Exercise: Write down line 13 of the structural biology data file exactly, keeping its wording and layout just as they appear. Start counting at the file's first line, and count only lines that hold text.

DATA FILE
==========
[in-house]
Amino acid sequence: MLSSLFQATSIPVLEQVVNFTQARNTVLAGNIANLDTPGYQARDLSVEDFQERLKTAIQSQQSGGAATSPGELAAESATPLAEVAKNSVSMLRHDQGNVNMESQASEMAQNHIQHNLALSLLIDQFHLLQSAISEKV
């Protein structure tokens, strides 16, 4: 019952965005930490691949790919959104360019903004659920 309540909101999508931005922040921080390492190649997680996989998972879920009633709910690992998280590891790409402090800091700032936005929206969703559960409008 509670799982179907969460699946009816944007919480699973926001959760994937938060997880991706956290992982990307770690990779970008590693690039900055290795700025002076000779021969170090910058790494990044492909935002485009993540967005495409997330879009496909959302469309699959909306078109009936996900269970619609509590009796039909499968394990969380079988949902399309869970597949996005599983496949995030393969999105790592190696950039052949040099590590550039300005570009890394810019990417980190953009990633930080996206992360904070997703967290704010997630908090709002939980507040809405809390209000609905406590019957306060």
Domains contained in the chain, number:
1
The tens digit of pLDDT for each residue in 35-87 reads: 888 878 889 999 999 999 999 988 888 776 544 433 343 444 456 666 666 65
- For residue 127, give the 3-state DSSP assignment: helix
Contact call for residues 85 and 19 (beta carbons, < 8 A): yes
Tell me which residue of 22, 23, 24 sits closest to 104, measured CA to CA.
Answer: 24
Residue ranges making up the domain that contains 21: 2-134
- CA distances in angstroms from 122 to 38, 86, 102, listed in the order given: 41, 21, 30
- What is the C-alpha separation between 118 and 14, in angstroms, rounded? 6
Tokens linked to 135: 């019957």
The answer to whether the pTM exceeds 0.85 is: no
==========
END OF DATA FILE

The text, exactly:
- What is the C-alpha separation between 118 and 14, in angstroms, rounded? 6